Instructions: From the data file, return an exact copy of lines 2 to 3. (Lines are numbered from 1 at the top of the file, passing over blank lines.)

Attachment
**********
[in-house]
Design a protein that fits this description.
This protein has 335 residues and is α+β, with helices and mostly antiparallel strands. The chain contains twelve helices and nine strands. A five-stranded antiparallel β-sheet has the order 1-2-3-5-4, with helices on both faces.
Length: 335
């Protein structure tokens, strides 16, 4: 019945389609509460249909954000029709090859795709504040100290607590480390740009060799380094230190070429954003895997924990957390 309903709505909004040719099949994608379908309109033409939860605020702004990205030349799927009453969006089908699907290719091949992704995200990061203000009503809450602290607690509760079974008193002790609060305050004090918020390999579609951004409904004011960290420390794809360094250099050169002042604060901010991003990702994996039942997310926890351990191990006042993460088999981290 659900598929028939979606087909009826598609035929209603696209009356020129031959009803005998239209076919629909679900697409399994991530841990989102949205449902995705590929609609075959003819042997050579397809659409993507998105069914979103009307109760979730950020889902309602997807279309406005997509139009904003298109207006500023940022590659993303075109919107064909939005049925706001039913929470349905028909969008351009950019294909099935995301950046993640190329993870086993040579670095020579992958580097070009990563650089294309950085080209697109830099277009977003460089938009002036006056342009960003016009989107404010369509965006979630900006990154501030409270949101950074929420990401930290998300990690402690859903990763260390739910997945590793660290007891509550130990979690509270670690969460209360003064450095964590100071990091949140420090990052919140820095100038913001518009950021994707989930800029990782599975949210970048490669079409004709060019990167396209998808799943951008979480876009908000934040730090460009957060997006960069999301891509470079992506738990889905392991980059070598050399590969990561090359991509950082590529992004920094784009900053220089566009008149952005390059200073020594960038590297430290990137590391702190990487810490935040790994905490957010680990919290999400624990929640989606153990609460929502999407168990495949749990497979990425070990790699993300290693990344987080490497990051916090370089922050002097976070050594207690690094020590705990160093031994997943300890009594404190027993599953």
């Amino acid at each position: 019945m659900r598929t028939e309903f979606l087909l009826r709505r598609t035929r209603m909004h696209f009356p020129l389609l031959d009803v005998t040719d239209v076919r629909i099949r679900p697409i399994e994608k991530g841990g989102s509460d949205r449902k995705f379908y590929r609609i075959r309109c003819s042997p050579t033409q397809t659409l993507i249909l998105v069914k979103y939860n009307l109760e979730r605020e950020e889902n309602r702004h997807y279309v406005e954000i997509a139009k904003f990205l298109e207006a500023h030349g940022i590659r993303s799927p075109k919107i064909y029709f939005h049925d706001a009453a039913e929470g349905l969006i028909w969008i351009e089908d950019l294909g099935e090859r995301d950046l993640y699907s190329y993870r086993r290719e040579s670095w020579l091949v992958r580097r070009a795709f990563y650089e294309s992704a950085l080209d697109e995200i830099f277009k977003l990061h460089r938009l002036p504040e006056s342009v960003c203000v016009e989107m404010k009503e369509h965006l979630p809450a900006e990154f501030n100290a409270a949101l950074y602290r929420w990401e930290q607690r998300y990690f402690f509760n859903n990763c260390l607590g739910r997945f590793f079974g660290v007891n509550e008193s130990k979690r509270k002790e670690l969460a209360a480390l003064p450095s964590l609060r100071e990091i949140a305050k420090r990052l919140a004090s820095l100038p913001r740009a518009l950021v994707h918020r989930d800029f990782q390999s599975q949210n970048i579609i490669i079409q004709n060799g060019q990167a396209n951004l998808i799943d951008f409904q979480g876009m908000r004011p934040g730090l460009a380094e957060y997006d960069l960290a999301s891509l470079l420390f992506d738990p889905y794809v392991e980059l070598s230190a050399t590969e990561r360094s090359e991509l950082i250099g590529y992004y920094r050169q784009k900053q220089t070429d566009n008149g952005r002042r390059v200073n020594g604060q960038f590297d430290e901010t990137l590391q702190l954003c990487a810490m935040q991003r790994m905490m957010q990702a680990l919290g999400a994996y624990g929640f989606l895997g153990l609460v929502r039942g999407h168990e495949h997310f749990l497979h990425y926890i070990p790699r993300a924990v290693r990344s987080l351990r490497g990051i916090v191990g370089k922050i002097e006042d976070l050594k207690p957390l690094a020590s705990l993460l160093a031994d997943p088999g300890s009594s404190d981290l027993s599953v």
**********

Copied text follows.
Design a protein that fits this description.
This protein has 335 residues and is α+β, with helices and mostly antiparallel strands. The chain contains twelve helices and nine strands. A five-stranded antiparallel β-sheet has the order 1-2-3-5-4, with helices on both faces.